What you call "cat grass" or "pet grass" is usually wheat berries, though other varieties of grass can also be grown for your cat's enjoyment. Wheat berry is very easy to grow, even in small containers, and cats seem to love it. Indoor grass is easy to tend and requires very little care. Plus, organic cat grass is actually good for your cat. Here's how to grow cat grass:
- Buy the seeds. Wheat berries can be found at most health food stores. If you can't find them, visit your local pet store. They may have other varieties of cat grass you can try growing. You can also find wheat grass or oat grass seeds at your local gardening center.
- Prepare the wheat berries. Soak two tablespoons of wheat berries in room temperature water for 6 to 8 hours. Do not leave them overnight or longer, or they may start to mold, and they will not sprout. This step will help them to sprout quickly once they are planted.
- Plant the grass. Plant the wheat berries in a low container with about 4 to 6 inches of soil. The seeds should be covered with about 1/4" of soil. Because your cat will be eating the grass, look for organic soil that is formulated for the growing of edible plants. When you're done planting them, lightly water the soil.
- Leave in a dark place. Cover your growing container with plastic. Place it in a dark space, like a closet. Check on it each day to make sure the soil stays moist, and water it, if necessary. It should take about a week for green tips to appear in the soil.
- Watch it grow. Once the seeds sprout, remove the plastic that is covering the container. Place the container in a sunny location, like a windowsill. Don't forget to water it occasionally. Within a couple of weeks the grass will be tall enough for your cat to enjoy.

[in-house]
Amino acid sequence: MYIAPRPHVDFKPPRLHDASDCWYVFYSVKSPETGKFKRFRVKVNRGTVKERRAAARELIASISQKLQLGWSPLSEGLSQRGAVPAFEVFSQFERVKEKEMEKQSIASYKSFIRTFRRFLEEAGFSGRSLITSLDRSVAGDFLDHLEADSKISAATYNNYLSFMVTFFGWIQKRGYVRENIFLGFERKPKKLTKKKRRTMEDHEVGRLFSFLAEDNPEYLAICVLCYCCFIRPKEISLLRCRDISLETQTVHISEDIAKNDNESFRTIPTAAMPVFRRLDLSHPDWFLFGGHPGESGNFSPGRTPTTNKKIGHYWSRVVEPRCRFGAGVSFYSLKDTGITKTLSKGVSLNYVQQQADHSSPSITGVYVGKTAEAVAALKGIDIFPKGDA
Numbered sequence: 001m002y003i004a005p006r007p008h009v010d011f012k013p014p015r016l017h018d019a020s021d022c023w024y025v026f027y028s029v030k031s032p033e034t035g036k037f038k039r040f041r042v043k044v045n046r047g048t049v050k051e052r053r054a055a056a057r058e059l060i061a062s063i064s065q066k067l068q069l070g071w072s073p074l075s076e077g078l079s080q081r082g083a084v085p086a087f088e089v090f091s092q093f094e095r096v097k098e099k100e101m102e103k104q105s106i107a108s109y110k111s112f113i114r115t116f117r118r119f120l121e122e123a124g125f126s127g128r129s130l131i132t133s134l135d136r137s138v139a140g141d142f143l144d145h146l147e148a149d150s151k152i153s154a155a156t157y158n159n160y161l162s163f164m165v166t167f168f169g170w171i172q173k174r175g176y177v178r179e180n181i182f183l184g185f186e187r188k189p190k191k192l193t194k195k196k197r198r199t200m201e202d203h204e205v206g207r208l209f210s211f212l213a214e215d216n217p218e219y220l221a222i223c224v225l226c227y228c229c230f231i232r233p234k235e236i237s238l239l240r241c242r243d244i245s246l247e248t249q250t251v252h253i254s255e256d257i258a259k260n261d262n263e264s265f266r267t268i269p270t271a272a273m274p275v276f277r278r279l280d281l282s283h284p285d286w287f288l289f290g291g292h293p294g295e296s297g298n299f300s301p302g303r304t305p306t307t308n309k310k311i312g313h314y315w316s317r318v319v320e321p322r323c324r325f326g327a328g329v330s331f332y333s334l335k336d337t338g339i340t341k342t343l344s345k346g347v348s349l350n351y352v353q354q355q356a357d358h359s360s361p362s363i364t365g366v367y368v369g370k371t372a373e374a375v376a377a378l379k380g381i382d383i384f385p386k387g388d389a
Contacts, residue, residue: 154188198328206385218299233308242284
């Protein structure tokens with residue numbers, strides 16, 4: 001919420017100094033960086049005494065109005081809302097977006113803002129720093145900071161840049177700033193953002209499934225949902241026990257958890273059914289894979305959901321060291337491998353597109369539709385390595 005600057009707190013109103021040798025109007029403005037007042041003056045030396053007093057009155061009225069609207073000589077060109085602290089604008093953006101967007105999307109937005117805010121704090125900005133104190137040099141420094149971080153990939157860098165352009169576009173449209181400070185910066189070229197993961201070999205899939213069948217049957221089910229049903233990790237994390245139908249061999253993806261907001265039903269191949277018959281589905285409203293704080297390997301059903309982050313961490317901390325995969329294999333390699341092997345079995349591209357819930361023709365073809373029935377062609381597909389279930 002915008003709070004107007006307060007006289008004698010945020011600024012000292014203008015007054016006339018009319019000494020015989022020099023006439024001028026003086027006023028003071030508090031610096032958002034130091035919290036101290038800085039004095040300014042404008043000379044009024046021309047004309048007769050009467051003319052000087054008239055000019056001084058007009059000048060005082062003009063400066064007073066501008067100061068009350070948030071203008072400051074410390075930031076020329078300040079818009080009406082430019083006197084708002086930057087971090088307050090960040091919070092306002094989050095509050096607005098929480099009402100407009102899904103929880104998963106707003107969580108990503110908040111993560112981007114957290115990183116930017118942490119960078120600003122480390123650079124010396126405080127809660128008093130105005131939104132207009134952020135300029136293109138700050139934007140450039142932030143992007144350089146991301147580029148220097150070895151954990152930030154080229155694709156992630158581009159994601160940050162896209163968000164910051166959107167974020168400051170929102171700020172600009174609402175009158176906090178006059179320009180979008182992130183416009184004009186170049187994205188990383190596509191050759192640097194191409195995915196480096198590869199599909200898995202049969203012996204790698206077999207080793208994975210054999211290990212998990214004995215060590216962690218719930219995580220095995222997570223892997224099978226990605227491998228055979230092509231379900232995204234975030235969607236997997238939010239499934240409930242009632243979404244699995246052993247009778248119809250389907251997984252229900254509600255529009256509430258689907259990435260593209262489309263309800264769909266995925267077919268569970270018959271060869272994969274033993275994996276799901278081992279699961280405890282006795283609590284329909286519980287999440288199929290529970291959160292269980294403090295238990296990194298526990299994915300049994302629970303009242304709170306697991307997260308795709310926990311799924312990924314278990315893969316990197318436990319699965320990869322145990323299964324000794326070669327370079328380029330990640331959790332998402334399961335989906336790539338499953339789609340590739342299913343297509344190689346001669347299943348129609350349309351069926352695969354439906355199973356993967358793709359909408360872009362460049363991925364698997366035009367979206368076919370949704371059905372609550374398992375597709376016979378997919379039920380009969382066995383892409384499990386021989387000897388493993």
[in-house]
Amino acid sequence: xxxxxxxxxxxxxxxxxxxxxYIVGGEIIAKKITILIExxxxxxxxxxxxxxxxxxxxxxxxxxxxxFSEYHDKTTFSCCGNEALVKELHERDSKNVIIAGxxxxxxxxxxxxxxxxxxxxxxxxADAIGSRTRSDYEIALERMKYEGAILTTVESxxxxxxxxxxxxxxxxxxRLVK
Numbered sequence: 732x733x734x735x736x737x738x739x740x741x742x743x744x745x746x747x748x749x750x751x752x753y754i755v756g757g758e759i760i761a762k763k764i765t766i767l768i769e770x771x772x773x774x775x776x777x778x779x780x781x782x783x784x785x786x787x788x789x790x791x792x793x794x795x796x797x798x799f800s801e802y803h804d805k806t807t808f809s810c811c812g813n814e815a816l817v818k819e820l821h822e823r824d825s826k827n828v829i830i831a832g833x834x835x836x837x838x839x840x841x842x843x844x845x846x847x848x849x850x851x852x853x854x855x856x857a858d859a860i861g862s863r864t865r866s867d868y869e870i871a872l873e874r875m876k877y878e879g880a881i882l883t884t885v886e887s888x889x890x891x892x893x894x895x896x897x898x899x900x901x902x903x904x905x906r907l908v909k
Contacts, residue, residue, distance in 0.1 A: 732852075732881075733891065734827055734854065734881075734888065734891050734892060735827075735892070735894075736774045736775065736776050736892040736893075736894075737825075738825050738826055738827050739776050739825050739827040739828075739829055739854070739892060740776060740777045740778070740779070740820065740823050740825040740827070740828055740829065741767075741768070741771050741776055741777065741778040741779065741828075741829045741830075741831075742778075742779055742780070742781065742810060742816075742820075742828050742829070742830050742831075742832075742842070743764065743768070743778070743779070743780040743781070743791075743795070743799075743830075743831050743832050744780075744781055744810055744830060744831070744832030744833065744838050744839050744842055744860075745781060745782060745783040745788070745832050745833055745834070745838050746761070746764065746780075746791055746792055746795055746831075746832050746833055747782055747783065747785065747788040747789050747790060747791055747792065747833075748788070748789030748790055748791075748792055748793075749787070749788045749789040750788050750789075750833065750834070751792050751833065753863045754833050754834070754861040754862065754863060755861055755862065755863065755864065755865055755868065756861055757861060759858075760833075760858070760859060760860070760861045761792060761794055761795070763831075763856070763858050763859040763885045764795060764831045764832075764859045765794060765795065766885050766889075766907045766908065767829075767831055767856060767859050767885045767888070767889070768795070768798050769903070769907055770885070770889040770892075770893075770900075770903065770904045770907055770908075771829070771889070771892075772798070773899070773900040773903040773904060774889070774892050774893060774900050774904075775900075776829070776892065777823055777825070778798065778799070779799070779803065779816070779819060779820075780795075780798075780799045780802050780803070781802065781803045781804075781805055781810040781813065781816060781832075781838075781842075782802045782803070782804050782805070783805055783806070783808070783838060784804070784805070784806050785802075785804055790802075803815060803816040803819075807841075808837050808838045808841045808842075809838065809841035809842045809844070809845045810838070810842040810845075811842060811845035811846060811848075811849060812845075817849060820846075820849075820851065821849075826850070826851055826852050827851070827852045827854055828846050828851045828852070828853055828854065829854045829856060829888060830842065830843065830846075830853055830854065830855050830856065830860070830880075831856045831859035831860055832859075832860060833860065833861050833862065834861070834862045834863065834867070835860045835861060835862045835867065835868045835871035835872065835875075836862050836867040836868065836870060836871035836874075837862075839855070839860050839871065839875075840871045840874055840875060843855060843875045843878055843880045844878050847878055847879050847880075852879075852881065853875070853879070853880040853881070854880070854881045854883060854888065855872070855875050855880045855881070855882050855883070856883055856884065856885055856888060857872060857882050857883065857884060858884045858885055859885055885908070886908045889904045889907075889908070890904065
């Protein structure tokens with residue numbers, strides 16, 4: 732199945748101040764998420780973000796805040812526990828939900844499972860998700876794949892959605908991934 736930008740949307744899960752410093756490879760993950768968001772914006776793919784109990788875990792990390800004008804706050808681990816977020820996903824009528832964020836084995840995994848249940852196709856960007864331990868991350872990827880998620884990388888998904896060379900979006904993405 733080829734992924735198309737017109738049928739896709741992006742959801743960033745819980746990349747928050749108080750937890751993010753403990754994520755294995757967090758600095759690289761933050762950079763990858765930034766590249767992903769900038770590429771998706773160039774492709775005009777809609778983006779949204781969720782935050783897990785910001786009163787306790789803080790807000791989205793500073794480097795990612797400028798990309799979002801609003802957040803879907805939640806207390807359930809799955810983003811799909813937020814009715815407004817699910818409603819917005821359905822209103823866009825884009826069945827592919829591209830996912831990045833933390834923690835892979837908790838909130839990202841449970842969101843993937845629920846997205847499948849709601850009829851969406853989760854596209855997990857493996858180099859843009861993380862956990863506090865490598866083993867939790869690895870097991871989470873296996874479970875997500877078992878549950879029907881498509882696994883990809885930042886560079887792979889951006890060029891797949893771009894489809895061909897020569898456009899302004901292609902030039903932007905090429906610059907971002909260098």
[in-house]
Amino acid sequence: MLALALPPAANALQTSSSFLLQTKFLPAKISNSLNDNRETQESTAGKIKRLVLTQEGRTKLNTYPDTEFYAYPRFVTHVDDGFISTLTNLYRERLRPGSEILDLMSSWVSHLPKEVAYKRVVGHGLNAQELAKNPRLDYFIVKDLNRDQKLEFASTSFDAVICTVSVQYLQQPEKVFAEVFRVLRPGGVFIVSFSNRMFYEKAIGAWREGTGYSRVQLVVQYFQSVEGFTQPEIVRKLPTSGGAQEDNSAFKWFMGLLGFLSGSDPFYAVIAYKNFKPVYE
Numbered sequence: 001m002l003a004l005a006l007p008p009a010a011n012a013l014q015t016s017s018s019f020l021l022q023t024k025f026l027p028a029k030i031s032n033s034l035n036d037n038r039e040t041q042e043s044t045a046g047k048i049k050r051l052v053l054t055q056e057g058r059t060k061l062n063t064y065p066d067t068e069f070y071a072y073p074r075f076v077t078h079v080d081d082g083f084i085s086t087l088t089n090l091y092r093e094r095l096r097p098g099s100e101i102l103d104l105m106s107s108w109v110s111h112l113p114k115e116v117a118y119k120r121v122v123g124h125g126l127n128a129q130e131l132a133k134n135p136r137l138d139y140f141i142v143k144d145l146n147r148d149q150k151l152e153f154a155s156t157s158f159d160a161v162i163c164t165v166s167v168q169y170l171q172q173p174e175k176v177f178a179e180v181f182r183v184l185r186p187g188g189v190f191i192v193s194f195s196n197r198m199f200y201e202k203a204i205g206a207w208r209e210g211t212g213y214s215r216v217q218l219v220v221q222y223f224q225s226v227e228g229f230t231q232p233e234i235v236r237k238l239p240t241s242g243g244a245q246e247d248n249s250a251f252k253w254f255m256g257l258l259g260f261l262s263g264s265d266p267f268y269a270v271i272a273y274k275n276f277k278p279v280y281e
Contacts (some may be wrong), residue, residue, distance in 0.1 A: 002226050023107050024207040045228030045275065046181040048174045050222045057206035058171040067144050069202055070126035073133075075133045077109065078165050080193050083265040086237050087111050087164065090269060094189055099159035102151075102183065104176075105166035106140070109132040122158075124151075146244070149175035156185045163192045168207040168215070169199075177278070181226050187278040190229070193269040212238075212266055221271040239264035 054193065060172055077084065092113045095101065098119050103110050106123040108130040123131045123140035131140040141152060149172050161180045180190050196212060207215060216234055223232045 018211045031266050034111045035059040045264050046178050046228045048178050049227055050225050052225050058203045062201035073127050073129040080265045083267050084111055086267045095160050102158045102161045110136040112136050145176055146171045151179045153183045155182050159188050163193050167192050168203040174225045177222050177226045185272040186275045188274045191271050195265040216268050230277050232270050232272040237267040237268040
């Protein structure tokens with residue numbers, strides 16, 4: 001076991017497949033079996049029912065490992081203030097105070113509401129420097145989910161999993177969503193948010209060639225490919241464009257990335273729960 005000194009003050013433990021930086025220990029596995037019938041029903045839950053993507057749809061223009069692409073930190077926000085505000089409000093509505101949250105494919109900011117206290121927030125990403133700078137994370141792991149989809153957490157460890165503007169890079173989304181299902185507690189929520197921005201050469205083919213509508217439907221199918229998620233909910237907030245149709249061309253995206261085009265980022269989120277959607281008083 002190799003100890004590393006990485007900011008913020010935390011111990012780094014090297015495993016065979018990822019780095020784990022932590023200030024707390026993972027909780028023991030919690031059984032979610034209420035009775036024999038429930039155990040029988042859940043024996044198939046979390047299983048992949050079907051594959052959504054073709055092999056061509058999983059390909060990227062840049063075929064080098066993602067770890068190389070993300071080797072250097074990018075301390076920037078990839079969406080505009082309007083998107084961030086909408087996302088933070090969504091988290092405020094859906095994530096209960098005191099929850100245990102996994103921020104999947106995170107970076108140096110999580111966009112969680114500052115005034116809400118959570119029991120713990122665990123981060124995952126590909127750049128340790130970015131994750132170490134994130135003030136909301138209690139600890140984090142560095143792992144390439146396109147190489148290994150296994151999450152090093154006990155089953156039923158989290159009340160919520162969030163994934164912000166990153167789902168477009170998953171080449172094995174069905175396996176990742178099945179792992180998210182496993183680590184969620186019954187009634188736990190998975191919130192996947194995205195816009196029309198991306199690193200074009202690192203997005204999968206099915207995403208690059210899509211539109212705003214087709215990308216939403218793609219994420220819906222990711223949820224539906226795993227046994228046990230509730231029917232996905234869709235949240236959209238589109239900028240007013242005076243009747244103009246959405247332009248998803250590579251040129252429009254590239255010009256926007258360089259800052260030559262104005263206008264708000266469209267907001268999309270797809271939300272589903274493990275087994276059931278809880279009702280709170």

- Let your cat enjoy it. Ingesting cat grass helps with your cat's digestive issues. Plus, it may keep them from eating your other house plants, some of which are toxic to cats. Occasionally trim the grass to keep the plant healthy. Your cat will enjoy grazing on this specially-planted grass. Place the container somewhere where your cat won't be able to knock it over. If your cat over-indulges in this plant, put it in a location where your cat won't be able to reach it to let it grow for a while instead of giving your cat unlimited access.
Cats have a natural craving for grass, but they don't just nibble on plants because they taste good. Cat grass provides roughage, fiber, and vitamins in addition to satisfying your cat's cravings. Providing healthy cat grass keeps cats from eating outdoor plants, which may be treated with chemicals or other pesticides. It also keeps them away from your houseplants, some varieties of which are toxic when ingested by cats.